Hot Docs 2023 Review: July Talk: Love Lives Here

by Andrew Parker

Part profile and part concert film, July Talk: Love Lives Here looks at what happens when a band best known for touring and high-intensity, spontaneous live shows is forced to pivot towards something a lot more uncertain and meticulous.

Obviously, director Brittany Farhat and members of the band July Talk are broaching the topic of the COVID-19 pandemic, and how in its early days live music suddenly up and died for awhile. It wasn’t the best of timing, as the band was set to release their latest effort, Pray for This, just as the world was falling apart and struggling to crawl out of a bunch of different holes. Normally, they would play around 300 shows to promote an album, but without that luxury, July Talk plans a pair of ambitious drive-in theatre shows in the summer of 2020 where patrons will be able to socially distance.

July Talk: Love Lives Here is really three types of documentaries in one. First and foremost, it’s about the creation of a show taking place in uncharted territory for all parties involved during uncertain times. Watching the nuts and bolts preparation of such an endeavour is something to behold, as are the safety measures put in place by a band that strives to always create a safe space for fans (and, to a different extent, for co-lead singer Peter Dreimanis, whose diabetes is starting to take a more noticeable toll on him). The second film is a straightforward biographical detailing of the band and what they’re about, designed to appeal to the uninitiated. The third is footage from the concert itself.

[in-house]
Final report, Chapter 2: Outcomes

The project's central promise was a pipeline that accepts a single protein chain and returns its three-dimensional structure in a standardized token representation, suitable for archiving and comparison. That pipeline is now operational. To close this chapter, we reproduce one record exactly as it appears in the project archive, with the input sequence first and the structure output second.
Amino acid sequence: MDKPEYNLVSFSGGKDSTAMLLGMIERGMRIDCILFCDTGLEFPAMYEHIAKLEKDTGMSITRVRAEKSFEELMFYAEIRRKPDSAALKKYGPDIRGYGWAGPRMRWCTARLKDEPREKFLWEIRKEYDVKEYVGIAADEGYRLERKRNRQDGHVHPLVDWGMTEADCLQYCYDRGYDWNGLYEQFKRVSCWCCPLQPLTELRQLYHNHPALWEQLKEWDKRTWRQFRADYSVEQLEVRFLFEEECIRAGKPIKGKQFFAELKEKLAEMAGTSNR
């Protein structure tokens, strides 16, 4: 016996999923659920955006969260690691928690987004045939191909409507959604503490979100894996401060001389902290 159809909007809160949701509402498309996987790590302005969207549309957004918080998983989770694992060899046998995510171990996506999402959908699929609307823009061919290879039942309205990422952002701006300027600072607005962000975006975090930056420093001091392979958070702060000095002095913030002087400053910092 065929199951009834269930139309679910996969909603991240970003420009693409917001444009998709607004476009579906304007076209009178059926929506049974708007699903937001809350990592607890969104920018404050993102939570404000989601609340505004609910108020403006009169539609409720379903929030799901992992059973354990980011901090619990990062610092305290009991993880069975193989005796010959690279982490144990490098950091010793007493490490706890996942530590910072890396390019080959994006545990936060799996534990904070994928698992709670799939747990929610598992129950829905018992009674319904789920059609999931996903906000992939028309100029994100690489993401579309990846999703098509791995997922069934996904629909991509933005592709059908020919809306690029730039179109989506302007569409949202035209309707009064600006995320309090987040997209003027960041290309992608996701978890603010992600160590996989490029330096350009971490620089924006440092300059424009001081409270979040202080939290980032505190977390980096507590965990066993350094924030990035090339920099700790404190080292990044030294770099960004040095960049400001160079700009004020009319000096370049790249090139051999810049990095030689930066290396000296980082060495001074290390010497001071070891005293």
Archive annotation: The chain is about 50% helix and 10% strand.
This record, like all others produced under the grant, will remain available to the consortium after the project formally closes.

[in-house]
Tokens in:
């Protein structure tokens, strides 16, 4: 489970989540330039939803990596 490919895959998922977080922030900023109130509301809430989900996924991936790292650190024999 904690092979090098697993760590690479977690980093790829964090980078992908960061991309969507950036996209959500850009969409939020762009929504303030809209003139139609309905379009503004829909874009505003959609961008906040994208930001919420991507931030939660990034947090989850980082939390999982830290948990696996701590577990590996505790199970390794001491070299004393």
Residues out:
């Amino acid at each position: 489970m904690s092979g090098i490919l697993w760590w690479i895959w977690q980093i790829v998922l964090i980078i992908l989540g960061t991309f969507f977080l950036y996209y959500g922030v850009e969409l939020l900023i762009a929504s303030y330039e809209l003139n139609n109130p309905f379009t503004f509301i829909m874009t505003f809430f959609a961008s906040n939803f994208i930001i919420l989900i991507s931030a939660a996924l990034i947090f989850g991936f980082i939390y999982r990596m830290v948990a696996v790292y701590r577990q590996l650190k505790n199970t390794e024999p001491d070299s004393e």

While a bit more focus on one specific area over others might help the flow of Farhat’s film, July Talk: Love Lives Here does a good job of capturing the band’s unique aesthetic and relationships. The drive-in show contrasts starkly with archival footage of pre-COVID concerts, with honking horns and flashing hazard lights taking the place of screaming hordes and cell phone flashlights, but the performance is top notch, and the odd setting suits the band’s new direction. Farhat’s decision to shoot predominantly in black and white also leads to some striking images, particularly during the performances towards the end.

July Talk: Love Lives Here might appeal most to fans, but there’s a lot of fascinating detail in here about trying to make it as a band that’s pretty much locked into a single place. They care a lot, and the film cares about them in return.

Friday, May 5, 2023 – 9:00 pm – TIFF Bell Lightbox 2

Join our list

Subscribe to our mailing list and get weekly updates on our latest contests, interviews, and reviews.

Thank you for subscribing.

Something went wrong.

You may also like

This website uses cookies to improve your experience. Accept Read More